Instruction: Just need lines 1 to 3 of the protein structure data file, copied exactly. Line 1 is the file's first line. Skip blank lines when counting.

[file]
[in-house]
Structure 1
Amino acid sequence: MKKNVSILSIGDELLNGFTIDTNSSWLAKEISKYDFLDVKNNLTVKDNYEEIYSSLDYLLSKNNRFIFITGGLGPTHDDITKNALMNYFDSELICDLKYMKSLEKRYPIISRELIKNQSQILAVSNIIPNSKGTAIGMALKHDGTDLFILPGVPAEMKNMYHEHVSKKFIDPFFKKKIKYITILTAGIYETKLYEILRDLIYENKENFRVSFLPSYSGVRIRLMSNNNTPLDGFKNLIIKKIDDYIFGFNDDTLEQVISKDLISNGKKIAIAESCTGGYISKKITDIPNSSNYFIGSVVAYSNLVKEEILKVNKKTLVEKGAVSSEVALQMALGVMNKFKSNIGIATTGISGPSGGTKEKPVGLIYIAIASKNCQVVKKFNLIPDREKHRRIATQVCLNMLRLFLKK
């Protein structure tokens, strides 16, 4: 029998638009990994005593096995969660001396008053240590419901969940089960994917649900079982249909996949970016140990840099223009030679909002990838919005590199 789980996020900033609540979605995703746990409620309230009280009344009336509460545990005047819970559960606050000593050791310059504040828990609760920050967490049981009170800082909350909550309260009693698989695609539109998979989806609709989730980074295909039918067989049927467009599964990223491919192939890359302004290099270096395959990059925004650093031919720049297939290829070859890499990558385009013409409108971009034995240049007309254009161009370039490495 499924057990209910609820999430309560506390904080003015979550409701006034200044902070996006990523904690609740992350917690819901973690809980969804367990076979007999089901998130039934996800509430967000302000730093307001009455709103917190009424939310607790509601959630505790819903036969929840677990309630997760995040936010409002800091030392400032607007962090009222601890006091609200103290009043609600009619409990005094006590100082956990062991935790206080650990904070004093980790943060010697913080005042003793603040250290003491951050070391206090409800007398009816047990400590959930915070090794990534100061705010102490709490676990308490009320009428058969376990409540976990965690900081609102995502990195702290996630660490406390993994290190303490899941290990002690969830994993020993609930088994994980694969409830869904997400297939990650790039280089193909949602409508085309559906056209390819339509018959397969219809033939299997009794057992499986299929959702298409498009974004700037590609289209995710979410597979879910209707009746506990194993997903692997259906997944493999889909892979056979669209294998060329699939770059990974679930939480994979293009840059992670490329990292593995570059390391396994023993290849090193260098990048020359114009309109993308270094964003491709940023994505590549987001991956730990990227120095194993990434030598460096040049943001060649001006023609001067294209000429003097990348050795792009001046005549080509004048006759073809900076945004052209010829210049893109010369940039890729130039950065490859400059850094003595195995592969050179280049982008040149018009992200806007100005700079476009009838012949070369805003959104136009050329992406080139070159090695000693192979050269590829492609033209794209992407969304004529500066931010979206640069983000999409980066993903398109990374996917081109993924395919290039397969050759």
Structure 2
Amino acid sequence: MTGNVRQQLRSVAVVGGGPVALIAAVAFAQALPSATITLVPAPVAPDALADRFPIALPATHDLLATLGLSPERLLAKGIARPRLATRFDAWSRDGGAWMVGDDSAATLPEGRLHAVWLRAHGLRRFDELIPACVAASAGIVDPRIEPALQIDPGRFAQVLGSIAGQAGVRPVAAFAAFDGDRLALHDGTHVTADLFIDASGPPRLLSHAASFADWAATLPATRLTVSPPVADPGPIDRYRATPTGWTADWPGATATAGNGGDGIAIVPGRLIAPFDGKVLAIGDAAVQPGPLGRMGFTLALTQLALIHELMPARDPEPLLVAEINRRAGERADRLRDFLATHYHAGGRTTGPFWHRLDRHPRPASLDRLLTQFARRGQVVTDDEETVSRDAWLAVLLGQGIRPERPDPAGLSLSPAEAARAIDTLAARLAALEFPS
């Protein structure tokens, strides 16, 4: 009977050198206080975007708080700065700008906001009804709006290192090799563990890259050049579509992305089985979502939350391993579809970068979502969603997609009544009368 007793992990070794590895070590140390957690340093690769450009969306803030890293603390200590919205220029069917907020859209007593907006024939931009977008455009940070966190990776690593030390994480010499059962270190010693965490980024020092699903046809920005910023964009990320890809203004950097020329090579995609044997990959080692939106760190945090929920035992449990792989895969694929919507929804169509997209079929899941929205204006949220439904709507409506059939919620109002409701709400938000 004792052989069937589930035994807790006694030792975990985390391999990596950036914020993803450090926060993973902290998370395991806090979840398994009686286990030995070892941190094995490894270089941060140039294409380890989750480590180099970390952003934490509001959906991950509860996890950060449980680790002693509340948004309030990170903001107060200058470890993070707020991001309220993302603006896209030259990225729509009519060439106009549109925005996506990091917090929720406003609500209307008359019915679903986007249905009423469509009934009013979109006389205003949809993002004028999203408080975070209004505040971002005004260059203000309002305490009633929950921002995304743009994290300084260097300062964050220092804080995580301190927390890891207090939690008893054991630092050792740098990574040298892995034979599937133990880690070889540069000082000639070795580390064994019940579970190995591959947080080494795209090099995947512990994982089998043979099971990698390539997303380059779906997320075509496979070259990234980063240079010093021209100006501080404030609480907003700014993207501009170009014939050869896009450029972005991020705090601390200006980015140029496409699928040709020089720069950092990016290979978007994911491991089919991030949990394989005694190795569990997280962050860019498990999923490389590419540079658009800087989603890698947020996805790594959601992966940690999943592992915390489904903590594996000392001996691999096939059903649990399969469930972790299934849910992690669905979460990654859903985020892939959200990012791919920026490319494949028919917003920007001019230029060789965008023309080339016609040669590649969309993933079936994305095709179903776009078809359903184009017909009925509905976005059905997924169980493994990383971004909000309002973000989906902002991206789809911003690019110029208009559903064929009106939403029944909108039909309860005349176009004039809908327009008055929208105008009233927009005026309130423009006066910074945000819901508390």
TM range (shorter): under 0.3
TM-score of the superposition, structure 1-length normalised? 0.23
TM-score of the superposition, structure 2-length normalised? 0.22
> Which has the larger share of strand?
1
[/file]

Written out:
[in-house]
Structure 1
Amino acid sequence: MKKNVSILSIGDELLNGFTIDTNSSWLAKEISKYDFLDVKNNLTVKDNYEEIYSSLDYLLSKNNRFIFITGGLGPTHDDITKNALMNYFDSELICDLKYMKSLEKRYPIISRELIKNQSQILAVSNIIPNSKGTAIGMALKHDGTDLFILPGVPAEMKNMYHEHVSKKFIDPFFKKKIKYITILTAGIYETKLYEILRDLIYENKENFRVSFLPSYSGVRIRLMSNNNTPLDGFKNLIIKKIDDYIFGFNDDTLEQVISKDLISNGKKIAIAESCTGGYISKKITDIPNSSNYFIGSVVAYSNLVKEEILKVNKKTLVEKGAVSSEVALQMALGVMNKFKSNIGIATTGISGPSGGTKEKPVGLIYIAIASKNCQVVKKFNLIPDREKHRRIATQVCLNMLRLFLKK